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World’s Safest Airlines 2016

Information verified correct on December 11th, 2016

These are the carriers with the best track record for safety and reliability.

For some, flying can be a nervous experience that brings anxiety and fear, but that shouldn’t stop you from travelling by air. While there are numerous ways to help calm those nerves, choosing a carrier that is renowned for its safety and lack of incidents can make all the difference.

Each year, Airline Ratings releases a list of the top 20 safest airlines in the world. To determine this list, the site monitors and analyses over 400 airlines, taking into account information and audits from the world’s aviation governing body, lead associations and the government as well as the airline’s fatality and crash record. The operational history, incident records and operational excellence of each airline is also reviewed to determine its safety rating.

Assessments of safety are rated out of 7 stars.

  1. Being airline IOSA (International Air Transport Association Operational Safety Audit) certified (two stars)
  2. Not being on the European Union Blacklist (one star)
  3. Being fatality free for the past 10 years (one star)
  4. Being FAA (Federal Aviation Authority) endorsed (one star)
  5. Originating from a country that meets all 8 ICAO safety parameters (International Civil Aviation Organization) (two stars)

No stars are awarded if the airline does not completely meet that criteria. Stars are also docked if the airline’s fleet has been grounded by the country’s governing aviation safety authority over safety concerns in the past five years or if the airline only operates Russian-built aircrafts. These are the airlines that scored the highest this year.

While this list is in alphabetical order, Australians will be happy to hear that the top-scoring carrier was Qantas, which continues to maintain its standard of excellence and incident-free track record.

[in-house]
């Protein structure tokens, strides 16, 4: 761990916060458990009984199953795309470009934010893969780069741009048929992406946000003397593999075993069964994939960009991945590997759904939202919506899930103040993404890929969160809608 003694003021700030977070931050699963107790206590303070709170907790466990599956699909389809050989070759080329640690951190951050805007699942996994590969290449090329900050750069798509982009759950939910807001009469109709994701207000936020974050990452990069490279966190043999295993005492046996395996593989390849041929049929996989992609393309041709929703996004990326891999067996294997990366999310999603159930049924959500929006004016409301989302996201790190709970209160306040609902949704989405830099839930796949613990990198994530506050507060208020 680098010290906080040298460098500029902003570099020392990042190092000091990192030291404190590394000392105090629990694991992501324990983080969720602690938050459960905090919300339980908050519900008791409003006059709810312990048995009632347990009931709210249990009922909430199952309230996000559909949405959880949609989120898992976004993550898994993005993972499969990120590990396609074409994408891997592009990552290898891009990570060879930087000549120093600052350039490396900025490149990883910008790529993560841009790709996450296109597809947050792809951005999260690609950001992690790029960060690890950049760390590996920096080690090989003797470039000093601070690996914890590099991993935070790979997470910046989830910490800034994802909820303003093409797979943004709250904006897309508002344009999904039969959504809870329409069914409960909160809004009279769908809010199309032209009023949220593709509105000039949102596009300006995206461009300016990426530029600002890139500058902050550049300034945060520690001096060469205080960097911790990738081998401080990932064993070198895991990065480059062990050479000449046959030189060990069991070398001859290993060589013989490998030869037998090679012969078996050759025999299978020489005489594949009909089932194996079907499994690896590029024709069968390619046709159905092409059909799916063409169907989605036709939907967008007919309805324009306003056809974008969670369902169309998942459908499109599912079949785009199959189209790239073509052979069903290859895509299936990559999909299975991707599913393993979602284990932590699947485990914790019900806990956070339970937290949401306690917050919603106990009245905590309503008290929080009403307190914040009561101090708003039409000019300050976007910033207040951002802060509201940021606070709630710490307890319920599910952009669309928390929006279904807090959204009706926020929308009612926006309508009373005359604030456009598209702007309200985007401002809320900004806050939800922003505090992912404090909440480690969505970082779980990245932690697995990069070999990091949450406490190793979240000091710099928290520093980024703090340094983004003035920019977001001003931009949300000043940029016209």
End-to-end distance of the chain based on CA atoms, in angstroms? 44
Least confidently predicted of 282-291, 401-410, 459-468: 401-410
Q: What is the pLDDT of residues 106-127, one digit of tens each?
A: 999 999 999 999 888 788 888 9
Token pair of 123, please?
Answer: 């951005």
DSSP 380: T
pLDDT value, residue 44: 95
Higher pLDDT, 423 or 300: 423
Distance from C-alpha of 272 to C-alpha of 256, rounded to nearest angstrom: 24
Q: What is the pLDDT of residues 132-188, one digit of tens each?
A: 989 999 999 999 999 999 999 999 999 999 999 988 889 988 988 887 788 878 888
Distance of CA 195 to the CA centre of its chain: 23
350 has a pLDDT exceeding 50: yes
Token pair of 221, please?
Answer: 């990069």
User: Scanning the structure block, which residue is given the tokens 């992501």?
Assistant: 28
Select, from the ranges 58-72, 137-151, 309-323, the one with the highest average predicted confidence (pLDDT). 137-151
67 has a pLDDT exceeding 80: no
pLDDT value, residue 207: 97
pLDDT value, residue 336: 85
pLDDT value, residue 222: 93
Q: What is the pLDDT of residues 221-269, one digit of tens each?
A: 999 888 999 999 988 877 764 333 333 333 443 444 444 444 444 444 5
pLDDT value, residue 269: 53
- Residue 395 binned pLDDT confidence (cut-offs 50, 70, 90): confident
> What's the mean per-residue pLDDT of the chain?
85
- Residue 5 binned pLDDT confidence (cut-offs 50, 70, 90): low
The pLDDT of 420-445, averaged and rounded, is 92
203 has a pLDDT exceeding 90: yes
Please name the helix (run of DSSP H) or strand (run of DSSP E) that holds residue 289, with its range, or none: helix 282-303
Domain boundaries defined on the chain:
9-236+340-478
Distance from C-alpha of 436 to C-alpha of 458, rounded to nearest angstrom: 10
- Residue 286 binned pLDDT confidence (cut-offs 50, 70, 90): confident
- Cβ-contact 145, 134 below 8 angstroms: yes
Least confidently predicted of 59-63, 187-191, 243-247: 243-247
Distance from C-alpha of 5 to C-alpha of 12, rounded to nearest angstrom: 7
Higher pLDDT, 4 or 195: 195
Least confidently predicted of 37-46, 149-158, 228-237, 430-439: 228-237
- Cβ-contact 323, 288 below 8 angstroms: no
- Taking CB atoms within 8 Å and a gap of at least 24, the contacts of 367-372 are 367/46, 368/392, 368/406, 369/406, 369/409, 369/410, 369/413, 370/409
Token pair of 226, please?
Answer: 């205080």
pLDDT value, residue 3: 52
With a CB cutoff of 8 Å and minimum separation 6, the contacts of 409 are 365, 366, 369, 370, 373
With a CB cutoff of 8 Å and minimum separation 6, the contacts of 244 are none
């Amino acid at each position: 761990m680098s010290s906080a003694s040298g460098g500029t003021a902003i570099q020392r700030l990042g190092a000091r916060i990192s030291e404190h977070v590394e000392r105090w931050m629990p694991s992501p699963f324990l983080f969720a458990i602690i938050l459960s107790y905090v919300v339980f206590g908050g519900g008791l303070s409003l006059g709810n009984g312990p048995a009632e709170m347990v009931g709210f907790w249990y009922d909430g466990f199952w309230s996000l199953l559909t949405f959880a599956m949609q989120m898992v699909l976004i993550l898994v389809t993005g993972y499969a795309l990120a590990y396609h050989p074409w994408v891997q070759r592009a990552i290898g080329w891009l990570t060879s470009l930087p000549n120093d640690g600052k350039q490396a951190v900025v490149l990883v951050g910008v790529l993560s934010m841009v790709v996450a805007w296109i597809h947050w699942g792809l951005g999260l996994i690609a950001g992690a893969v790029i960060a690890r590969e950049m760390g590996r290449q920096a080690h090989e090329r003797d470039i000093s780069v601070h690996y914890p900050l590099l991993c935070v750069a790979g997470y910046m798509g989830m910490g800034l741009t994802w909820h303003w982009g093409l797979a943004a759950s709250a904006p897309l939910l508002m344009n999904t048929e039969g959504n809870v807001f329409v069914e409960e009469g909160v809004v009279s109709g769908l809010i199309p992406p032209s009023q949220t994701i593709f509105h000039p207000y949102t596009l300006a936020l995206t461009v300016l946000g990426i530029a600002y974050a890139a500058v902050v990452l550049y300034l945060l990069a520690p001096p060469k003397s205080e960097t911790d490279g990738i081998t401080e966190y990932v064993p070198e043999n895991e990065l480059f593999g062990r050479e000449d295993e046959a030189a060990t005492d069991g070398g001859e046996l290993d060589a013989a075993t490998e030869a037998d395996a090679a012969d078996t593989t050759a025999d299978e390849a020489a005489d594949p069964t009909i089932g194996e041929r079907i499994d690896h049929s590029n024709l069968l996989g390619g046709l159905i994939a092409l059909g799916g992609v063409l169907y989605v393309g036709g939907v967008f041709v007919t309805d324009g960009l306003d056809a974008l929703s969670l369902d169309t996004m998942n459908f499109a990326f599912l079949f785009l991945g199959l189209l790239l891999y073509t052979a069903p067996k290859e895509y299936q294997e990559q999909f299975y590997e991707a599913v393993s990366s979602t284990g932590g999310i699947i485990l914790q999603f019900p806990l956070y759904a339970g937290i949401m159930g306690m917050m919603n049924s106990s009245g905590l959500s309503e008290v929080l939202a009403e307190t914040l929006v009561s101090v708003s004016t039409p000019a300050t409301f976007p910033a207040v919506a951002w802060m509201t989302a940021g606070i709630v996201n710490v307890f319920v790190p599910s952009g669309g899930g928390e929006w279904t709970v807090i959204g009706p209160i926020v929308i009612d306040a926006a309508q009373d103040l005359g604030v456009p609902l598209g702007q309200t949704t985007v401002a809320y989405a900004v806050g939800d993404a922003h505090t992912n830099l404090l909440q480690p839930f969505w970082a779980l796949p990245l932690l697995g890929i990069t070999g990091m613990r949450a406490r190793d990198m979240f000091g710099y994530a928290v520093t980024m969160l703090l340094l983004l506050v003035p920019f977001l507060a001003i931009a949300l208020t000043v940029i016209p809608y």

World’s safest airlines (in alphabetical order, aside from Qantas who came on top)

According to Airline Ratings, Qantas was a standout amongst the pack in terms of safety. The others are placed in alphabetical order and not winning order as there was not significant enough a difference between them to warrant a winning order.

Emirates_plane_1
  1. Qantas
  2. Air New Zealand
  3. Alaska Airlines
  4. ANA All Nippon Airlines
  5. American Airlines
  6. Cathay Pacific Airways
  7. Emirates
  8. Etihad Airways
  9. EVA Air
  10. Finnair
  1. Hawaiian Airlines
  2. Japan Airlines
  3. KLM
  4. Lufthansa
  5. Scandinavian Airline System
  6. Singapore Airlines
  7. Swiss
  8. United Airlines
  9. Virgin Atlantic
  10. Virgin Australia

How does this list stack up against fatalities?

Qantas isn't the online airline to be incident-free when it comes to fatalities - though it probably gets that reputation from the movie Rain Man. The majority of airlines on this list have been incident free since 1970, including Emirates, Etihad, EVA Air, Finnair, Hawaiian Airlines, Swiss, Virgin Atlantic and Virgin Australia - not to mention all of the low cost carriers that are mentioned below.

Of the rest, this is what the number of fatal incidents looks like. Beside each is the year of that carrier's last fatal incident.